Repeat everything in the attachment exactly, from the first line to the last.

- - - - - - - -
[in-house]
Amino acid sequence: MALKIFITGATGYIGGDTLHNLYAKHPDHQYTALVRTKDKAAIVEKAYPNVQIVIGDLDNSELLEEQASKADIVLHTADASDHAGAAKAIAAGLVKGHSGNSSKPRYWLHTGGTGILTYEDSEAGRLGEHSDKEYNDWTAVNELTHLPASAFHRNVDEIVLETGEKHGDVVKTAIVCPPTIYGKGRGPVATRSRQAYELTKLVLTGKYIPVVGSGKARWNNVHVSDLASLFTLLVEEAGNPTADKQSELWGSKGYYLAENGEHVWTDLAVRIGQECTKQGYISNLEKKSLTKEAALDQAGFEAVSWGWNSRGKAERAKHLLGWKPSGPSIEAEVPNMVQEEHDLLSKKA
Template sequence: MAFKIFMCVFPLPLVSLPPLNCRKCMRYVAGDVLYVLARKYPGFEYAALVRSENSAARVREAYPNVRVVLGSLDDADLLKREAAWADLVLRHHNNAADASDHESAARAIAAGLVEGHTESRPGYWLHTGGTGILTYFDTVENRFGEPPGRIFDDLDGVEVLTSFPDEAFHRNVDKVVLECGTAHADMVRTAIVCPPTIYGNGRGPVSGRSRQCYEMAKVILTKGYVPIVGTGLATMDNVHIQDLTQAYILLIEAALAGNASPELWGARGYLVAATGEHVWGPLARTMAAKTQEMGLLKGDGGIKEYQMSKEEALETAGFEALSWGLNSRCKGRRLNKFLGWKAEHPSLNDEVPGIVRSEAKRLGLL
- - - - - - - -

[in-house]
Amino acid sequence: MALKIFITGATGYIGGDTLHNLYAKHPDHQYTALVRTKDKAAIVEKAYPNVQIVIGDLDNSELLEEQASKADIVLHTADASDHAGAAKAIAAGLVKGHSGNSSKPRYWLHTGGTGILTYEDSEAGRLGEHSDKEYNDWTAVNELTHLPASAFHRNVDEIVLETGEKHGDVVKTAIVCPPTIYGKGRGPVATRSRQAYELTKLVLTGKYIPVVGSGKARWNNVHVSDLASLFTLLVEEAGNPTADKQSELWGSKGYYLAENGEHVWTDLAVRIGQECTKQGYISNLEKKSLTKEAALDQAGFEAVSWGWNSRGKAERAKHLLGWKPSGPSIEAEVPNMVQEEHDLLSKKA
Template sequence: MAFKIFMCVFPLPLVSLPPLNCRKCMRYVAGDVLYVLARKYPGFEYAALVRSENSAARVREAYPNVRVVLGSLDDADLLKREAAWADLVLRHHNNAADASDHESAARAIAAGLVEGHTESRPGYWLHTGGTGILTYFDTVENRFGEPPGRIFDDLDGVEVLTSFPDEAFHRNVDKVVLECGTAHADMVRTAIVCPPTIYGNGRGPVSGRSRQCYEMAKVILTKGYVPIVGTGLATMDNVHIQDLTQAYILLIEAALAGNASPELWGARGYLVAATGEHVWGPLARTMAAKTQEMGLLKGDGGIKEYQMSKEEALETAGFEALSWGLNSRCKGRRLNKFLGWKAEHPSLNDEVPGIVRSEAKRLGLL